"They say there's a girl behind every tree. But there are no trees!" It's tough for the single guys here in Minot. There are a lot of young cops on the base, who like many young men, have two things on their minds: booze and women. But they're not allowed booze - most are underage - and women are scarce. So they tend to get in trouble or get out. Morale's a big challenge here - on top of the lack of things to do, it's super cold, and Airmen are living two to a dorm.
"Sometimes you gotta lie. As a leader, you can't have a bad day."
"I'm a pretty optimistic guy. I get to go home to bed with the woman I love. It doesn't matter where we are - she's my wife, I love her, and I'm happy. Plus, since being up here, I bought a riding lawn mower - it's great. I upgraded my snowblower - and my wife didn't say anything. I've got a lot of new hardware." As he said that, he had a nice big grin.
"I went to basic training in 1982. There were some Cadets there - I don't know what their job was. There were Corvettes - yours - in the parking lot. I remember one day, one of the Cadets stood over us, with arms crossed, and asked us military history questions. Even if it was the day before graduation, we'd been in the military six weeks. And I was a hippie. He only asked questions he knew the answer to, arms crossed, standing over us. I still remember his arrogance. That was 28 years ago. There's a fine line between confidence and arrogance. Don't be arrogant. I don't think Lieutenants should talk. They should be quiet, in sponge mode. Just learn."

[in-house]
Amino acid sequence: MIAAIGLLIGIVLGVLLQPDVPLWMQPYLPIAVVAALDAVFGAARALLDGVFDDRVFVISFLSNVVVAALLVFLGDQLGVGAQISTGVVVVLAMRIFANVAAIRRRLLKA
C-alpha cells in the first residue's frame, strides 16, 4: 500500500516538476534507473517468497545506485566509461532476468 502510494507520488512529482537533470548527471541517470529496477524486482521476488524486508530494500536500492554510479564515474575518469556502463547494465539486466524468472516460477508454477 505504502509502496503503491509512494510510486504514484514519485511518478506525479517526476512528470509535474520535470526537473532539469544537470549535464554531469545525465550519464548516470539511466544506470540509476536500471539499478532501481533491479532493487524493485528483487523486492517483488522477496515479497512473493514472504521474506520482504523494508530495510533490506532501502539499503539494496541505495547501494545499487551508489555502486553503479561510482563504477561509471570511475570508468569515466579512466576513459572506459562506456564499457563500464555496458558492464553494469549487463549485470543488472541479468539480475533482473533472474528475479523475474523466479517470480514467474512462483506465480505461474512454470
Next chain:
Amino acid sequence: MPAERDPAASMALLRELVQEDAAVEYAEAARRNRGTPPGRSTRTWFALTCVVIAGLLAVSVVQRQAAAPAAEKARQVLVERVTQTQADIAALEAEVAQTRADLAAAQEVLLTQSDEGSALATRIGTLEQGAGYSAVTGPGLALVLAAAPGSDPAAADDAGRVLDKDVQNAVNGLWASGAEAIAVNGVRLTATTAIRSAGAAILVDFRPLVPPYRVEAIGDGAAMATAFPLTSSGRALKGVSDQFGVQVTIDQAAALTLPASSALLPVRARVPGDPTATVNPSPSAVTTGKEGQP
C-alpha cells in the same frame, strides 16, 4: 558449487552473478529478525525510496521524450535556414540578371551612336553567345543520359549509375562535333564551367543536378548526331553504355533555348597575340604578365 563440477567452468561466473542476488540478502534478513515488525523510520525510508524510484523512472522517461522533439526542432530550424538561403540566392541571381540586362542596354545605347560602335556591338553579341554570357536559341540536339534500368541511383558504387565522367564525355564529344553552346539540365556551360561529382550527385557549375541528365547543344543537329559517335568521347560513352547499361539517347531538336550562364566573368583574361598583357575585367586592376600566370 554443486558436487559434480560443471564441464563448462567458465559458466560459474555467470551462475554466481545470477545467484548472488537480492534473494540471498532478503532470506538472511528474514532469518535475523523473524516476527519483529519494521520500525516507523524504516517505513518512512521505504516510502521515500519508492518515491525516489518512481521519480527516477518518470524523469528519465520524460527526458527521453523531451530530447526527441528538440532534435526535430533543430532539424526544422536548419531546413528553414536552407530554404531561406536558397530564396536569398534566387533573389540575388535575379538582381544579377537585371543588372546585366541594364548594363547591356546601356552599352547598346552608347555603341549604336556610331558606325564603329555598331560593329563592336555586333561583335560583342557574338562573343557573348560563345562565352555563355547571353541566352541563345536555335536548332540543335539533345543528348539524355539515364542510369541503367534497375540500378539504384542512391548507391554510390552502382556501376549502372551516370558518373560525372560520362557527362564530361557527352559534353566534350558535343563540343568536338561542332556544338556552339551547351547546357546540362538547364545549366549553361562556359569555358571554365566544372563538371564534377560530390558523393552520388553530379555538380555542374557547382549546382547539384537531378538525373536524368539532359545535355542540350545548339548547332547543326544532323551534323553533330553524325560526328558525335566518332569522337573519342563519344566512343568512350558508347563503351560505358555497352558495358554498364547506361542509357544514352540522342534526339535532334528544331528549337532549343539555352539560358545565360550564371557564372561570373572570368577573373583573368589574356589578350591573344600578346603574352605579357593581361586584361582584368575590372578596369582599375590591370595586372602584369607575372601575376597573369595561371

"To this day, I stand up when a Second Lieutenant walks in my office. It's how I've been trained. They outrank me. It's a sign of respect - they did what they had to do to become an officer, and I admire them."
"A lot of times, when airmen find out my wife's a Major, they feel I can't understand their situation. When they think of a Chief married to a Major, they think, 'They're rich'. And they feel I can't identify with them. But they forget that I was an Airman too, making grocery lists, shopping at the commissary, living in a trailer with a wife and a kid. I've been there too." The Chief's wife used to be enlisted - she went to OCS and commissioned a while ago. So don't worry, it's all on the up-and-up.
All this comes from the Wing Command Chief. 28 years of service, wants to re-enlist, but can't - max is 30 years. He's earned a lot of respect.